New light is being shed on a star painting in Tate Britain's new pre-Raphaelite exhibition after phallic symbols were apparently discovered in the work.
Pre-Raphaelites: Victorian Avant-Garde traces the 19th century British art movement led by Dante Gabriel Rossetti, William Holman Hunt and John Everett Millais.
Tate curator Dr Carol Jacobi is challenging the reputation of Victorians being repressed with a research paper on the painting Isabella (1848) by Millais in the show.
Her paper, to be published through the Tate, examines phallic symbols in the painting of two merchant brothers from Florence who discover that their sister has been having an affair with a clerk, Lorenzo. In the medieval story, retold in the Keats poem Isabella, the enraged brothers murder the clerk but Isabella digs up his body and plants his head in a pot of basil.
Dr Jacobi said that the shadow of a nutcracker, as well as the shape of one of the brother's legs, appears to be phallic symbols.
"It's not a one-off or a Freudian slip. It enriches our understanding of what is so hard to do in painting. It enriches our understanding of the characters," she said.
"This exhibition gives us the chance to look at it. Is it deliberate? If so, why would he have included it? It's quite shocking and unusual. It might be that the brothers are thinking about the desire and the dangers of desire.
"But more research needs to be done into how the Victorians saw what was Millais' first pre-Raphaelite painting."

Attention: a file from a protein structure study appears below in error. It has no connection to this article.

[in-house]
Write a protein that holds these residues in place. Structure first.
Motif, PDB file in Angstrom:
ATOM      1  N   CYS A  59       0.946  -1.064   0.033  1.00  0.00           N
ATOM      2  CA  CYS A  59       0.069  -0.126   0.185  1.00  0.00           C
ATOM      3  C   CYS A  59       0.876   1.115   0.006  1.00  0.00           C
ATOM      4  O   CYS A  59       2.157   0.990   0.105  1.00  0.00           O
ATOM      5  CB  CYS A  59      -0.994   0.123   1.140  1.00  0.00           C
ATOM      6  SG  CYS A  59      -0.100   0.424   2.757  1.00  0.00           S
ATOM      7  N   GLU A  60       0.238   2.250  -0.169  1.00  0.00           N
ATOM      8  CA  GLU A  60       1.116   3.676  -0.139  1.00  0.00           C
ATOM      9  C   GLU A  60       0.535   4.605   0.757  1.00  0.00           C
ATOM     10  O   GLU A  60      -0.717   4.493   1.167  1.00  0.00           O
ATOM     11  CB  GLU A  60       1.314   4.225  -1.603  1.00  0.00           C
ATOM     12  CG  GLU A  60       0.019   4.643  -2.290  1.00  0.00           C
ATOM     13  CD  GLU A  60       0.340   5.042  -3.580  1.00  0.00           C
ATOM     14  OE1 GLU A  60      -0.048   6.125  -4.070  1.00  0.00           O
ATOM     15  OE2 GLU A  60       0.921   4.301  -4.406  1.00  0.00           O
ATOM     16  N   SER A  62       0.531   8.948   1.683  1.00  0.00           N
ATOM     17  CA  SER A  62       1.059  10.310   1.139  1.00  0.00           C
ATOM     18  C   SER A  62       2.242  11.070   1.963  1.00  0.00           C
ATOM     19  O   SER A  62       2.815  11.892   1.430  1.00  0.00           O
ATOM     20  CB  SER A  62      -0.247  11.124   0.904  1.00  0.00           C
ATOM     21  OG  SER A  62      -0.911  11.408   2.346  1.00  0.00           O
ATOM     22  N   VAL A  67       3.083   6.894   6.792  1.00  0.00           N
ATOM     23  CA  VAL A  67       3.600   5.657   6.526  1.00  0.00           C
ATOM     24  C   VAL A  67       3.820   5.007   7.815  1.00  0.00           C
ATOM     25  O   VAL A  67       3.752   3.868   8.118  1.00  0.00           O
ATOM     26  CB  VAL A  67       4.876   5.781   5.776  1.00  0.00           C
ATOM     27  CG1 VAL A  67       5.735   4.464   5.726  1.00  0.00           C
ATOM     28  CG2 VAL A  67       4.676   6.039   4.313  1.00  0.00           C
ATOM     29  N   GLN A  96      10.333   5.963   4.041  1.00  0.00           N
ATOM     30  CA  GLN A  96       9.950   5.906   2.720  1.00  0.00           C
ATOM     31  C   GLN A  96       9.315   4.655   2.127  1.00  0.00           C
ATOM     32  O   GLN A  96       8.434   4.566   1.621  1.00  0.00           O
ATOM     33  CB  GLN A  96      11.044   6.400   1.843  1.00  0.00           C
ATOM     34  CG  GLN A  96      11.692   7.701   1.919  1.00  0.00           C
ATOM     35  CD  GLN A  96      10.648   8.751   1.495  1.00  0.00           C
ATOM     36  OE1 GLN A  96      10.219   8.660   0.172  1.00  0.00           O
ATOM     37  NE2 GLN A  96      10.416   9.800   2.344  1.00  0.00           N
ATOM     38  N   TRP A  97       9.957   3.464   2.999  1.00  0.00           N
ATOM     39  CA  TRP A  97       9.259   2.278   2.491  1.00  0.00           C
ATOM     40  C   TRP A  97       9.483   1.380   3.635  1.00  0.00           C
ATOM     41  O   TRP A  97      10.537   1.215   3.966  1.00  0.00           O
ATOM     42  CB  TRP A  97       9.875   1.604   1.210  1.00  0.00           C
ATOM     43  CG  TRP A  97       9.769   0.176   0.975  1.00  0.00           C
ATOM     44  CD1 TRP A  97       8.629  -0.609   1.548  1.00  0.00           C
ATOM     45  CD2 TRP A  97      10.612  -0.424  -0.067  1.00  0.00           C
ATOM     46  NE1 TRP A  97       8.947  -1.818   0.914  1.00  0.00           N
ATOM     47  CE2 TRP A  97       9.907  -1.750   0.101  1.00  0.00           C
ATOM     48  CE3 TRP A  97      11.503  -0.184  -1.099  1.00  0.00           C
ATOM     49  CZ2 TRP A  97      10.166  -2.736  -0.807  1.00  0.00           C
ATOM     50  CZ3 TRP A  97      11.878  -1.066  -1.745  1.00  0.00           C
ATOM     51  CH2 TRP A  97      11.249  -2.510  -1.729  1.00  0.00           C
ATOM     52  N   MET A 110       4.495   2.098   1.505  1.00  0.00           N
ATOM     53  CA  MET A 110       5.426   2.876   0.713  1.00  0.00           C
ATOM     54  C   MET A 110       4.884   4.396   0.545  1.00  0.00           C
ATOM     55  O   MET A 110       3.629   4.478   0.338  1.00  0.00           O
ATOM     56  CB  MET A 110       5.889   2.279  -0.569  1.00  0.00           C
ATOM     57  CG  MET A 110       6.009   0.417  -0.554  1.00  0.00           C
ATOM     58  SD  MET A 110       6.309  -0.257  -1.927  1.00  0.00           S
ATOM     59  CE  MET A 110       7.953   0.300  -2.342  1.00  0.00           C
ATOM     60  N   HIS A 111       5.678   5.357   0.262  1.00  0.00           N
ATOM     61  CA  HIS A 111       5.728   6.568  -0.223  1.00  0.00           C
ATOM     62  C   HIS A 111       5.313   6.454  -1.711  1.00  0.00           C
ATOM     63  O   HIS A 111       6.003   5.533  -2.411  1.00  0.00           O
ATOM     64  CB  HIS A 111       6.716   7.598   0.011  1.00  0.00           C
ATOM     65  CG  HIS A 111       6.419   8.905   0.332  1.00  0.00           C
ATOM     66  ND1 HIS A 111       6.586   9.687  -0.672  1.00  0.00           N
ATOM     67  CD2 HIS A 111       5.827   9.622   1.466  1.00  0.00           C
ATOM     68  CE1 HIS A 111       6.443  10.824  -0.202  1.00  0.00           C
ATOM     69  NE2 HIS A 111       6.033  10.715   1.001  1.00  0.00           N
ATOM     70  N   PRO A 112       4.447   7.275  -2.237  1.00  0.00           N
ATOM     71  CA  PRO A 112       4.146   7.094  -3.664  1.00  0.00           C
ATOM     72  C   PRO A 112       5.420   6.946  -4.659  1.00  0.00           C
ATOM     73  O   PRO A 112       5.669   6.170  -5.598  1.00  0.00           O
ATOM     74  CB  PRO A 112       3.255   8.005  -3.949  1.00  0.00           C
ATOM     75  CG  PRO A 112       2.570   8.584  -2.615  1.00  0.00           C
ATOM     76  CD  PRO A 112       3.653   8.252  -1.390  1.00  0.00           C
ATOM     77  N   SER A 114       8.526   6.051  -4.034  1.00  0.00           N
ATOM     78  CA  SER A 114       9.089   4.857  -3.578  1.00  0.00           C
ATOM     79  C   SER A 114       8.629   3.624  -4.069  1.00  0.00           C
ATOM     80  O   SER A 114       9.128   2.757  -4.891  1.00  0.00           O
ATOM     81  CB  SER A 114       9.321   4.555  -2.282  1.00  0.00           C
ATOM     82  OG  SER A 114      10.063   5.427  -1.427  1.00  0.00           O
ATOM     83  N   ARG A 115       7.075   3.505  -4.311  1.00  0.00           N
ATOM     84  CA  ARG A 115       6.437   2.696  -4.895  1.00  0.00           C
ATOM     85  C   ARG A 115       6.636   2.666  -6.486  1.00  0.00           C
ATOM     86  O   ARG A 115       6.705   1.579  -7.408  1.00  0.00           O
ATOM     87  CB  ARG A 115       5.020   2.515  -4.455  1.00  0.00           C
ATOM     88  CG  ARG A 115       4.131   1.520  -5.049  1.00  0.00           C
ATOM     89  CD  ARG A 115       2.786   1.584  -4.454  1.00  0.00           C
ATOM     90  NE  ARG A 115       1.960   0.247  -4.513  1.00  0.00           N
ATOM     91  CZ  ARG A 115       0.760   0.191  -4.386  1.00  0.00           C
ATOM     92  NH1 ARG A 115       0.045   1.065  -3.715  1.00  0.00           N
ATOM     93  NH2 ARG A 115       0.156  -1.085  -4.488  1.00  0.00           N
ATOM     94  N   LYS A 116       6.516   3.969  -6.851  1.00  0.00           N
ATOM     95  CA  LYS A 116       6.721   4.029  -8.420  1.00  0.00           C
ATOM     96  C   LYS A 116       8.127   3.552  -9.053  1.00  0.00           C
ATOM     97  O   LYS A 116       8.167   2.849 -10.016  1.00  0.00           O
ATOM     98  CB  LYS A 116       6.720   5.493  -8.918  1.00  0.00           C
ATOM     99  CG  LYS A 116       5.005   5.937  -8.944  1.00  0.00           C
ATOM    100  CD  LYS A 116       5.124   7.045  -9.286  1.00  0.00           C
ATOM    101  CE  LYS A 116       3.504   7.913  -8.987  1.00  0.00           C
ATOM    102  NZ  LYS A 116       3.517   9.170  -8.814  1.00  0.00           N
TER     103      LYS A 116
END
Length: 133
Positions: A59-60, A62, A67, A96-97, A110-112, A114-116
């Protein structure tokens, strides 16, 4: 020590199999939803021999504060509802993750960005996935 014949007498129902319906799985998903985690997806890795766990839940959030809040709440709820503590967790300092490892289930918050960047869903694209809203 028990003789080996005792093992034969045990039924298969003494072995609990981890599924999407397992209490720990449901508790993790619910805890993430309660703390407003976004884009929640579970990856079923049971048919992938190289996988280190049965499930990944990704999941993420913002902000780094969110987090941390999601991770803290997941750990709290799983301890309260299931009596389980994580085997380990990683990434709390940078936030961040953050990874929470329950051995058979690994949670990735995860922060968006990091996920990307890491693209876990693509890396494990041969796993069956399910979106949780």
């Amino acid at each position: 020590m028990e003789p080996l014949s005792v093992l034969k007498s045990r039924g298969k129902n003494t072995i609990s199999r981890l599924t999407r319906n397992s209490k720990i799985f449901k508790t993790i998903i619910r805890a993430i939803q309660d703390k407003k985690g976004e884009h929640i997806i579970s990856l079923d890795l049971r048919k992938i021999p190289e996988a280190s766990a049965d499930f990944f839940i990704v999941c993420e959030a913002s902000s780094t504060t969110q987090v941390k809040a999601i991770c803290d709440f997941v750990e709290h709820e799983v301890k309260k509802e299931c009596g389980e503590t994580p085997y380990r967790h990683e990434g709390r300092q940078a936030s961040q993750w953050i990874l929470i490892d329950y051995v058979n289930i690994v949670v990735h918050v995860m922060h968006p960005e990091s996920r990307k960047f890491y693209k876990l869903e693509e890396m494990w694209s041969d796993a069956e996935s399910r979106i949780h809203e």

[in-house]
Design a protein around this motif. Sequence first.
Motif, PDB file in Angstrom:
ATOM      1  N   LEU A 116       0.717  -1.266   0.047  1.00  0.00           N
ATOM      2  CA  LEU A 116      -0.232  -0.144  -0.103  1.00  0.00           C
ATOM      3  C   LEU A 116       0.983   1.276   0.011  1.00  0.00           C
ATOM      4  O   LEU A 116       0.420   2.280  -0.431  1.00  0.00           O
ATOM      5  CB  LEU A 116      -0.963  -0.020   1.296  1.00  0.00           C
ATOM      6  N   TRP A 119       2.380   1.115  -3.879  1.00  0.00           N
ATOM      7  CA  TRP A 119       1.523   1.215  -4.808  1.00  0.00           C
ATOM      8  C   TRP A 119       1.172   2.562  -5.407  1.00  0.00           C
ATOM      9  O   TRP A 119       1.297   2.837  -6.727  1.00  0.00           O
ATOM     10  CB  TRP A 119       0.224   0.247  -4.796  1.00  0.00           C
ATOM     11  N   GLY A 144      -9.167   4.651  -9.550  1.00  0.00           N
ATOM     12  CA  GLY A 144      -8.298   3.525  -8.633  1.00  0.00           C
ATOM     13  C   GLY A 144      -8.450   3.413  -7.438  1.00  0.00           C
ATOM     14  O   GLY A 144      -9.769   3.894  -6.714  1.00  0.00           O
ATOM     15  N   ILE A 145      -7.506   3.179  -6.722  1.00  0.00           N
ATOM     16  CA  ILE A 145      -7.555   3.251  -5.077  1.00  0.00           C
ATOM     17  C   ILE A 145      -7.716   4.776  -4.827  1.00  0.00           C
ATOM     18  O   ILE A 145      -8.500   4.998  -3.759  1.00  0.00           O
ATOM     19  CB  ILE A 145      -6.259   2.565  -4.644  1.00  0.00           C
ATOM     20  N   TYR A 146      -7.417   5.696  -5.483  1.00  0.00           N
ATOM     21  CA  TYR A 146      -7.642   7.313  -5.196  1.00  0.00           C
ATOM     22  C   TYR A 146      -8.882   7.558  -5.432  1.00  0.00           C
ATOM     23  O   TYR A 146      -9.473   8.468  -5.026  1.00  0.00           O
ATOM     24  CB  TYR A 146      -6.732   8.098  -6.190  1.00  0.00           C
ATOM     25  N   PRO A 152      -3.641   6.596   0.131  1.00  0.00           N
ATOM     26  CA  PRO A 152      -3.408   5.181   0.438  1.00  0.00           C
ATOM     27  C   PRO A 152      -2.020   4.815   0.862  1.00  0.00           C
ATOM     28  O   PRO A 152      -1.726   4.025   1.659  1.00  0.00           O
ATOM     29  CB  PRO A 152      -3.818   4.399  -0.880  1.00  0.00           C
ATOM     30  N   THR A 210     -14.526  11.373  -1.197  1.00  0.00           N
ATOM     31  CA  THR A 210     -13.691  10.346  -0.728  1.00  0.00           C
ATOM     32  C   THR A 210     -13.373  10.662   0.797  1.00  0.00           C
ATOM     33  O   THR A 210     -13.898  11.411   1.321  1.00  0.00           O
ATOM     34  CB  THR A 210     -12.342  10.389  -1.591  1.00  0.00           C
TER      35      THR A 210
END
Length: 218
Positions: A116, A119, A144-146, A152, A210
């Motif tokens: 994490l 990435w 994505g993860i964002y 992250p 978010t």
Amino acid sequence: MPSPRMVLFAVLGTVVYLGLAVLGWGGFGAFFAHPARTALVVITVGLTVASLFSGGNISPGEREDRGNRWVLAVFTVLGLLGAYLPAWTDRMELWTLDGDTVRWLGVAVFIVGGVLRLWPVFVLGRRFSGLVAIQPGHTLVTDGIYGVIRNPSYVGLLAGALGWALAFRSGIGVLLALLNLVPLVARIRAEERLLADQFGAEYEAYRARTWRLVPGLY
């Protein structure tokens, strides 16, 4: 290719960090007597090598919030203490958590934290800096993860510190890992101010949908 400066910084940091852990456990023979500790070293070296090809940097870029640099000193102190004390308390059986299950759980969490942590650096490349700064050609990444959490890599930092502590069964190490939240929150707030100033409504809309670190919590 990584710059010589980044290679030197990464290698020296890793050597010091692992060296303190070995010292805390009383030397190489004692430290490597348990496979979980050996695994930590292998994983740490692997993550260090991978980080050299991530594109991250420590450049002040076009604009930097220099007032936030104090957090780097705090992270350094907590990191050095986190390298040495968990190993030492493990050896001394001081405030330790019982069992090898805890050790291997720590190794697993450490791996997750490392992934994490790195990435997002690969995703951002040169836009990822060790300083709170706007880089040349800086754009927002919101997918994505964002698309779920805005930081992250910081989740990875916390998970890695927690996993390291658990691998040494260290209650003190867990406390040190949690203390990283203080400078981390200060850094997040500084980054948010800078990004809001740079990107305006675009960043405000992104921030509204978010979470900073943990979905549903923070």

Asked why the apparently phallic symbols were not noticed before, Dr Jacobi, whose paper is entitled Sugar, Salt And Curdled Milk: Millais And The Synthetic Subject, said: "When you look at a painting you have a story in your mind, so if something slips out you don't see it."
Dr Jacobi, who did not curate the Tate show, said another image in the painting, of salt being spilled, would have been familiar to Victorian audiences as a reference to a lack of sexual self-control.
The exhibition, which opens on 12 September, has been five years in the making and will also be shown in Washington, Moscow and Tokyo.
Andrew Lloyd Webber and Led Zeppelin guitarist Jimmy Page have loaned some of the 150 works of sculpture, photography, drawings and applied arts on display.
Twenty years after painting the ceiling of the Sistine Chapel, Michelangelo sparked hot dispute with his enormous fresco, The Last Judgment. It depicted nudity on the chapel's alter wall and the Catholic counter-reformation critics were horrified. They deemed the work unfit for a papal chapel and after Michelangelo's death the offending genitalia were covered up. PHOTO: Artfinder
Jean-Louis André Théodore Géricault (1791-1824)
Géricault's monumental The Raft of the Medusa, depicted the aftermath of a contemporary French shipwreck in which the captain had left the crew and passengers to die. The painting ignited political controversy in Paris, fuelling widespread condemnation of corrupt authorities, but Géricault went on to become a pioneer of the Romantic movement - not bad for an artist who launched his career with a sinking ship. PHOTO: Artfinder
Édouard Manet (1832-1883)